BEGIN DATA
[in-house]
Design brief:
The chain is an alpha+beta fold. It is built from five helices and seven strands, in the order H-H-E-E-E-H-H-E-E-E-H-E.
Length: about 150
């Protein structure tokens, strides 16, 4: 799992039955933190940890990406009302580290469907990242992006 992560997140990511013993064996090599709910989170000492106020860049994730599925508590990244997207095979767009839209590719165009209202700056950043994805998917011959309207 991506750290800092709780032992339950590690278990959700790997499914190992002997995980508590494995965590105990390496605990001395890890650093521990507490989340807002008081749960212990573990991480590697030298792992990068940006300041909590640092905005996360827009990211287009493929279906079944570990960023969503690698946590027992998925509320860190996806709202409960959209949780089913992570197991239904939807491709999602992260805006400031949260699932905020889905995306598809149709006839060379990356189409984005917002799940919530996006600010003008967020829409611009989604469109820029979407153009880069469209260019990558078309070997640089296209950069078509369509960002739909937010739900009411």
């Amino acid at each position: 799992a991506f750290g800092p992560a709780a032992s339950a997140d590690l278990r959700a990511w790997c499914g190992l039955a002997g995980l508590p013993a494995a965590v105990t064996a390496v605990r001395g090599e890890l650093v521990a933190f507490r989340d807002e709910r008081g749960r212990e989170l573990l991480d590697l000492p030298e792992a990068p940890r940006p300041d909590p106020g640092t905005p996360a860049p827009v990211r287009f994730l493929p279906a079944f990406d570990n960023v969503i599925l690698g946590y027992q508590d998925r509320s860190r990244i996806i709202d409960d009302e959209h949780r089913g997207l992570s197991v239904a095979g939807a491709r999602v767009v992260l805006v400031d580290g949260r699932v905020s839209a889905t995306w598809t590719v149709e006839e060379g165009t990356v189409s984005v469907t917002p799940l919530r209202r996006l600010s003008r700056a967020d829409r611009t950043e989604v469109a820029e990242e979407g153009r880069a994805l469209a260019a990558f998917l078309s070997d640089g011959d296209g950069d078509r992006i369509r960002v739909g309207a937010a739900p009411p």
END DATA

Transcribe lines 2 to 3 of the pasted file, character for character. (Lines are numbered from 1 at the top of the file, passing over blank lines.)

Design brief:
The chain is an alpha+beta fold. It is built from five helices and seven strands, in the order H-H-E-E-E-H-H-E-E-E-H-E.